Patricia Gray Interior Design

Michael Taylor - Good Design is ...

With the possible exception of Hollywood, no single force has brought California to the world more powerfully than Michael Taylor. More than a quarter of a century after he created the California look - Taylor, for many, still epitomizes West CoastStyle.

The James Dean of decorators is how Diana Vreeland described West Coast designer Michael Taylor I was a student in Design School when the picture below of Michael Taylor's work was published in Architectural Digest . I was totally in awe of his work. Nothing had been done like this before. It was revolutionary and very fresh. I became totally mesmerized by all things "Michael Taylor". The fixation is still going on. In the project I did that was featured in Architectural Digest I used Michael Taylor fabric on a sofa that I custom designed. Whenever I am in LA or San Francisco I make it a point to visit his showroom at the Design Center. He was one of my greatest mentors that I drew inspiration from and wanted to emulate. It was interesting to me to learn that his 3 greatest mentors were women: Syrie Maugham, Elsie de Wolfe & Francis Elkins. I just wish that he had lived longer. He passed away in 1988 at the age of 59.

Consistently denouncing the cluttered and pretentious, he had a simple ethos: "When you take things out, you must increase the size of what's left." This spawned the widely emulated California Look, which in the latter part of his career was characterized by oversize furniture and signature elements, including Yosemite slate and fossilized stone; plump geometric cushions; logs; wicker; and lots of mirrors, all against a muted backdrop of white on white or beige on beige.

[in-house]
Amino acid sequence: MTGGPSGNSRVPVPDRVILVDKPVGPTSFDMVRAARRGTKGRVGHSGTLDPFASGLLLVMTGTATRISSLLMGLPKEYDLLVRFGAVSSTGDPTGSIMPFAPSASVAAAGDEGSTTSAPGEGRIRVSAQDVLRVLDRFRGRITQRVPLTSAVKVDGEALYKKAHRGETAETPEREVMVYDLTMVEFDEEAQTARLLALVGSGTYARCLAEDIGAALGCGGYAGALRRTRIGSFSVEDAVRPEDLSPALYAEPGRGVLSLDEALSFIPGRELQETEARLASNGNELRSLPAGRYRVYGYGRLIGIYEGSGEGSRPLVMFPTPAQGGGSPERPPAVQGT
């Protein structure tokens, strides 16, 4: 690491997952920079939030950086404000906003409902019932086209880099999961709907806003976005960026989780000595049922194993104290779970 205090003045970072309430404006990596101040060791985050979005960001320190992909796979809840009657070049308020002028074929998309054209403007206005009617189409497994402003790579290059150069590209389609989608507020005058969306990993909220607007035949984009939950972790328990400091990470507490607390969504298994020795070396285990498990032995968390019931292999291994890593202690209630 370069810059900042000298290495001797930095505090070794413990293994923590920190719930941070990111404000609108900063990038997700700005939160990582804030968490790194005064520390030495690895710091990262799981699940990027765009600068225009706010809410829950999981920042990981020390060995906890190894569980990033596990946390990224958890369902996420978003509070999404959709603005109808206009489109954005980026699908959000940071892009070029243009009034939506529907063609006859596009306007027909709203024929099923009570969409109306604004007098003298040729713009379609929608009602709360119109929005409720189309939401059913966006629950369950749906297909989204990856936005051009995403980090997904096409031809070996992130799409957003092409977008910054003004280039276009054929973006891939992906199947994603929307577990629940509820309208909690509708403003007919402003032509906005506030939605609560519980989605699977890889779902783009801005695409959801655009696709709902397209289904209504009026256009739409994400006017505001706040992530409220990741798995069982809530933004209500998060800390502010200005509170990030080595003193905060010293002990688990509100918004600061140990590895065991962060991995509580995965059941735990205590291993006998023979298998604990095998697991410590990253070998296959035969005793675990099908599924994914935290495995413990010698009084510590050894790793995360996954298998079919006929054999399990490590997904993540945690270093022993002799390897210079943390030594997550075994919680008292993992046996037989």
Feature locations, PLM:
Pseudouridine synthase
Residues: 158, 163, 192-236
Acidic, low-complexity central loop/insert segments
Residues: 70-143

Michael Taylor was born in Modesto, California in 1927 and found early inspiration at a neighbor's house, where he first saw the work of Elsie de Wolfe.

Syrie Maugham, the British decorator who helped create the all-white look popular in the 1920s, provided another source of inspiration to him.
A third influence was American decorator Frances Elkins (Taylor acquired a substantial portion of Elkins' estate, including pieces originally from Syrie Maugham).

Schiaparelli sofa

Taylor rivaled the legendary fashion editor Diana Vreeland in his use of maxims - "Red and green should never be seen!" was one of his favourites. "If in doubt, take it out!" was another.

Taylor believed that white was the most efficient color for capturing natural light.
This is a room Michael designed circa mid 1950's in Modesto, California
Posted by Patricia gray
over 12 years ago

Think Pink

David Hicks circa 1970's
I love the mirrored panel between the windows, and this bed was before pillow top mattresses and duvets. Talking about duvets my last two clients have done away with their duvets and requested a Bedspread with blankets.

Ruthie Summers circa 2007